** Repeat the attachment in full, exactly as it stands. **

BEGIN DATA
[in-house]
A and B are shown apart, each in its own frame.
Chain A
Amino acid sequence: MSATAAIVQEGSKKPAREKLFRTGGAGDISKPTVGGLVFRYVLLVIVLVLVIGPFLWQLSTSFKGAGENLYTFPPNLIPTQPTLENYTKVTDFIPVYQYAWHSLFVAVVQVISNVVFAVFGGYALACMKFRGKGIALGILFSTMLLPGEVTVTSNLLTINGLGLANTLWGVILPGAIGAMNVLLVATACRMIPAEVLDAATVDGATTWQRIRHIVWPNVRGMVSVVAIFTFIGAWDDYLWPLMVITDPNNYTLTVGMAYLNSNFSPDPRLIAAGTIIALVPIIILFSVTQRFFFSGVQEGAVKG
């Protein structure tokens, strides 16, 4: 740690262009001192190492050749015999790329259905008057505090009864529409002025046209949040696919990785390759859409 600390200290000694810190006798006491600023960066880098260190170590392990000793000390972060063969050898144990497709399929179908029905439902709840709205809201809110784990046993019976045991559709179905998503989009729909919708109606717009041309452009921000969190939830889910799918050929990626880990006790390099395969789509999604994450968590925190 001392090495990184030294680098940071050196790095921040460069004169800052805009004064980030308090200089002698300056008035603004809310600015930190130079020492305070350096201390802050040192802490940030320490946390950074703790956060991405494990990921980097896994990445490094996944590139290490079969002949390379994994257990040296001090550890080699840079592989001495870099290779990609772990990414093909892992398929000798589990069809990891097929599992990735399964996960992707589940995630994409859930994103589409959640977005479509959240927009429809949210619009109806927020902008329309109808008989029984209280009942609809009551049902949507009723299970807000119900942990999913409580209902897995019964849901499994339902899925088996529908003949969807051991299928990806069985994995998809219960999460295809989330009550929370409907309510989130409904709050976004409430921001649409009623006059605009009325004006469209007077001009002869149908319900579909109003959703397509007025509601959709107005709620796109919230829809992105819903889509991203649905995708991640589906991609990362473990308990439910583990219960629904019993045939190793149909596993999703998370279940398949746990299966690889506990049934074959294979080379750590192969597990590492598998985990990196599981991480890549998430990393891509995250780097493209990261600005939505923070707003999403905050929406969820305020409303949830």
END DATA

[in-house]
A and B are shown apart, each in its own frame.
Chain A
Amino acid sequence: MSATAAIVQEGSKKPAREKLFRTGGAGDISKPTVGGLVFRYVLLVIVLVLVIGPFLWQLSTSFKGAGENLYTFPPNLIPTQPTLENYTKVTDFIPVYQYAWHSLFVAVVQVISNVVFAVFGGYALACMKFRGKGIALGILFSTMLLPGEVTVTSNLLTINGLGLANTLWGVILPGAIGAMNVLLVATACRMIPAEVLDAATVDGATTWQRIRHIVWPNVRGMVSVVAIFTFIGAWDDYLWPLMVITDPNNYTLTVGMAYLNSNFSPDPRLIAAGTIIALVPIIILFSVTQRFFFSGVQEGAVKG
């Protein structure tokens, strides 16, 4: 740690262009001192190492050749015999790329259905008057505090009864529409002025046209949040696919990785390759859409 600390200290000694810190006798006491600023960066880098260190170590392990000793000390972060063969050898144990497709399929179908029905439902709840709205809201809110784990046993019976045991559709179905998503989009729909919708109606717009041309452009921000969190939830889910799918050929990626880990006790390099395969789509999604994450968590925190 001392090495990184030294680098940071050196790095921040460069004169800052805009004064980030308090200089002698300056008035603004809310600015930190130079020492305070350096201390802050040192802490940030320490946390950074703790956060991405494990990921980097896994990445490094996944590139290490079969002949390379994994257990040296001090550890080699840079592989001495870099290779990609772990990414093909892992398929000798589990069809990891097929599992990735399964996960992707589940995630994409859930994103589409959640977005479509959240927009429809949210619009109806927020902008329309109808008989029984209280009942609809009551049902949507009723299970807000119900942990999913409580209902897995019964849901499994339902899925088996529908003949969807051991299928990806069985994995998809219960999460295809989330009550929370409907309510989130409904709050976004409430921001649409009623006059605009009325004006469209007077001009002869149908319900579909109003959703397509007025509601959709107005709620796109919230829809992105819903889509991203649905995708991640589906991609990362473990308990439910583990219960629904019993045939190793149909596993999703998370279940398949746990299966690889506990049934074959294979080379750590192969597990590492598998985990990196599981991480890549998430990393891509995250780097493209990261600005939505923070707003999403905050929406969820305020409303949830």